You’ve probably landed here because you’re trying to help someone understand the impact of meat on global warming, or you’re trying to learn more yourself. A view without fact is just an opinion, but luckily there are tons of facts to support the claims that meat consumption has an impact on the environment. Whether you’re a Prius owner or someone who swears they’ll never give up meat, here are 10 studies on meat and global warming to help you or someone else understand the impact and hopefully reduce meat consumption.
One of the most comprehensive studies of the impact of meat on global warming and the environment, Livestock’s Long Shadow is a United Nations report released by the Food and Agriculture Organization in 2006. It served as the main scientific source for the documentary Meat of Truth, and remains one of the most cited studies in regards to the meat industry and its environmental impact.
This study by Akifumi Ogino of the National Institute of Livestock and Grassland Science in Tsukuba, Japan brought us the conclusion that a kilogram of beef is responsible for more greenhouse gas emissions than driving for 3 hours while simultaneously leaving all of the lights on back home. Ouch.
As one of the first major studies on the subject, Diet, Energy, and Global warming shows that the food we eat is just as important as the cars we drive when it comes to greenhouse gas emissions. The study found that choosing a vegan diet reduced more greenhouse gases than trading out your SUV for a Toyota Prius.
This study found that cattle ranching is responsible for the majority of deforestation in the Amazon, and 5% of deforestation worldwide. It’s estimated that deforestation is responsible for 20% of greenhouse gas emissions, which is more than transportation.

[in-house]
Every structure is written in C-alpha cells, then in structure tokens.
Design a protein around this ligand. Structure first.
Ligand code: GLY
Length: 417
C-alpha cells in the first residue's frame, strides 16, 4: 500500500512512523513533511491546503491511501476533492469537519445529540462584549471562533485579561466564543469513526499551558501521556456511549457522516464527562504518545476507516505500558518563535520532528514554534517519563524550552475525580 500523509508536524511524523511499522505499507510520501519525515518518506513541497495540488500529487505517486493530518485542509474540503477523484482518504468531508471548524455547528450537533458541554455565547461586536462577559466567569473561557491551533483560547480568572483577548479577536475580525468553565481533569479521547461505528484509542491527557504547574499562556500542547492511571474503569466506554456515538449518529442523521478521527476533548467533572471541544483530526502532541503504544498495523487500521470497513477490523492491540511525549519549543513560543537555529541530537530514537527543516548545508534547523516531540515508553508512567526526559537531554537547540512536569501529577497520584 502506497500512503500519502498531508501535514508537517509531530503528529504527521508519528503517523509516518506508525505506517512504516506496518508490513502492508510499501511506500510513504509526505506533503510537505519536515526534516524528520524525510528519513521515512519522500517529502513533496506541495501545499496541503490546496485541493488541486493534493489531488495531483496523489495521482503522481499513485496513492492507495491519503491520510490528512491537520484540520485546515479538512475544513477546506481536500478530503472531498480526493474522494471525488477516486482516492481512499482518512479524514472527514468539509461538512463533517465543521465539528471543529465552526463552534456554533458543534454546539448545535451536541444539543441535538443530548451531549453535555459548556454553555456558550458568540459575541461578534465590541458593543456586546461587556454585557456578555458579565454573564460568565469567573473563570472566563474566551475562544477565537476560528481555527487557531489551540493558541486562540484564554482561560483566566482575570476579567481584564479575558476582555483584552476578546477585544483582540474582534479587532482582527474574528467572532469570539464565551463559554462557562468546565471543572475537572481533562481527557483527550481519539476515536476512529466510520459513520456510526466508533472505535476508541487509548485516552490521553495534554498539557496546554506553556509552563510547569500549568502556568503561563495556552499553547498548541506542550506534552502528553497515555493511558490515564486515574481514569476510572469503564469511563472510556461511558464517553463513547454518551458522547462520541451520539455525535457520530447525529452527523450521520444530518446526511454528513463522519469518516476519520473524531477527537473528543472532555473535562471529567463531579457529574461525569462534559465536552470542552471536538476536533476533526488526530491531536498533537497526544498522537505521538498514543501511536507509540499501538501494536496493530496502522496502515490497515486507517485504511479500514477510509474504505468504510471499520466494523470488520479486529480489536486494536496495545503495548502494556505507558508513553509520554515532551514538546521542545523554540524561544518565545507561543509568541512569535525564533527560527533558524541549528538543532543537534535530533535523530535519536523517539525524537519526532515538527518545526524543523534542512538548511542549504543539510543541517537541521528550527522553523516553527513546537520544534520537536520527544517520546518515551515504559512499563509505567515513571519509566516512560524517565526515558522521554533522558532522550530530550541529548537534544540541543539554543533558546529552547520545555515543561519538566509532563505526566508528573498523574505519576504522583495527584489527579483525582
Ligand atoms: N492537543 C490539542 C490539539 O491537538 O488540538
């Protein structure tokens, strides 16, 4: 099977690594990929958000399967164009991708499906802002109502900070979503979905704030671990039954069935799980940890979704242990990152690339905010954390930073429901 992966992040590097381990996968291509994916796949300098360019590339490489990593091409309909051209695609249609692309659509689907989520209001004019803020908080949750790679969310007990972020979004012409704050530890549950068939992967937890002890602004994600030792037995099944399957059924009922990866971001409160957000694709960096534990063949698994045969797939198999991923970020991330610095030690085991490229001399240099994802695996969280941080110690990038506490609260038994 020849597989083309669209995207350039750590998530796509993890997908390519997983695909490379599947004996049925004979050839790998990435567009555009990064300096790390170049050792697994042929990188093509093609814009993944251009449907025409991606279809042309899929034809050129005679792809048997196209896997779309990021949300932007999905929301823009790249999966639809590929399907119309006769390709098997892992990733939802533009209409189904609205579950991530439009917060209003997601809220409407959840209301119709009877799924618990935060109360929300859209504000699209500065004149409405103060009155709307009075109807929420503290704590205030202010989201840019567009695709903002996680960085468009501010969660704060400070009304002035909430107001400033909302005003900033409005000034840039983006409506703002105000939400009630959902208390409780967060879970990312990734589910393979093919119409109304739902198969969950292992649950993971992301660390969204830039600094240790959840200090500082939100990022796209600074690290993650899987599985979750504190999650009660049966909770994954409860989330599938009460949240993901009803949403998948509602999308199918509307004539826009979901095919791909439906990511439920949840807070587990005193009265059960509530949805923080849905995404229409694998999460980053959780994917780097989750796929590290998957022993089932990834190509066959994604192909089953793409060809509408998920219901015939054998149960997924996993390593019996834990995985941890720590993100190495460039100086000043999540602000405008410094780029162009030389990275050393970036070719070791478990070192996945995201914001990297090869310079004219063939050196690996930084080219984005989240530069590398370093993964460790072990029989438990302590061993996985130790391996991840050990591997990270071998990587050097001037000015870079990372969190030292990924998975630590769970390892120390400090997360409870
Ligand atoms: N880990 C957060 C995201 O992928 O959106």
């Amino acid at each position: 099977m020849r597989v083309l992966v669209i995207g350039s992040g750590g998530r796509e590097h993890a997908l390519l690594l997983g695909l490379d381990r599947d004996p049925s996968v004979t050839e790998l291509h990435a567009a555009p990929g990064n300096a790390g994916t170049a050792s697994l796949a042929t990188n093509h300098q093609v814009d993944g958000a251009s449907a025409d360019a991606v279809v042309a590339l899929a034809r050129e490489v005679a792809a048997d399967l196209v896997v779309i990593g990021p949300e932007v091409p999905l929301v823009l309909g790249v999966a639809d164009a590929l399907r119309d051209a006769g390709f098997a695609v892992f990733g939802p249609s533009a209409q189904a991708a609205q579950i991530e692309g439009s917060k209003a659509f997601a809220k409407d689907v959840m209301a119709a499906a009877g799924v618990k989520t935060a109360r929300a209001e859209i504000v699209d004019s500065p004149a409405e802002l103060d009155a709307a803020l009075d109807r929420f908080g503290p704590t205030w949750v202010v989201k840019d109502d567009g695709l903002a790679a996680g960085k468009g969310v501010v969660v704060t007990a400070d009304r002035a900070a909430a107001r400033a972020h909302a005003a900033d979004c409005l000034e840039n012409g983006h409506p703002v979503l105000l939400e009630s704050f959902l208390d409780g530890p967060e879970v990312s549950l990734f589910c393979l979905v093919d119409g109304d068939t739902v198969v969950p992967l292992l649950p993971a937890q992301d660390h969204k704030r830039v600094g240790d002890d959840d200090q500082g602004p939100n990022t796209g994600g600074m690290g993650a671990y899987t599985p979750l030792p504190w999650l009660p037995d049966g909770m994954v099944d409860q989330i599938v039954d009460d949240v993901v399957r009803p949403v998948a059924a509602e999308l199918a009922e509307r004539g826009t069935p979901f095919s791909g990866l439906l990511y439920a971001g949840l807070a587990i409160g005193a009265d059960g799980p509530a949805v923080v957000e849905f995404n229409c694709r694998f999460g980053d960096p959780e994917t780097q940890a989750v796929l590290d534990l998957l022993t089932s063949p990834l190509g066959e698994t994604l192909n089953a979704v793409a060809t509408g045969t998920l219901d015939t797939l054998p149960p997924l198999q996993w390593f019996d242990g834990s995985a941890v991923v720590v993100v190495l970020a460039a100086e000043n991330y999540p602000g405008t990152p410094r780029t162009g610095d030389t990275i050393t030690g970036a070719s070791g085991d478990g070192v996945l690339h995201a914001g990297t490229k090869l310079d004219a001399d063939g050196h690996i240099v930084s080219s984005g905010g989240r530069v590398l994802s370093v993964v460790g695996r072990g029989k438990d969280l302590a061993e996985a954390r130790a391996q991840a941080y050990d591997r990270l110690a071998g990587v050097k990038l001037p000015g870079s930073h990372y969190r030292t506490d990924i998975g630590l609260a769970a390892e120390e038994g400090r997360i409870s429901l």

While many meat and global warming studies touch on the environmental impact on production, not many in the U.S. compared the life-cycle greenhouse gas emissions of production to those of long-distance transportation. This study looked at both factors to conclude that reducing meat in one’s diet has more of an impact than buying local, as production emits more GHG than transportation/delivery from producer to retailer.
This study found a global shift to a low-meat diet would not just substantially benefit people’s health and the environment (specifically land use), but could also save $20 trillion off the cost of fighting global warming.
This study took the carbon footprint of something ordinary — a cheeseburger — to evaluate its gas impact. The conclusion? “The greenhouse gas emissions arising every year from the production and consumption of cheeseburgers is roughly the amount emitted by 6.5 million to 19.6 million SUVs. “
Did you know not all meat is created equal? This study looks at the individual carbon footprints of beef, pork, chicken, and fish. Beef is the highest, contributing 78% of meat’s greenhouse gas emissions (and yet only accounts for 30% of consumption).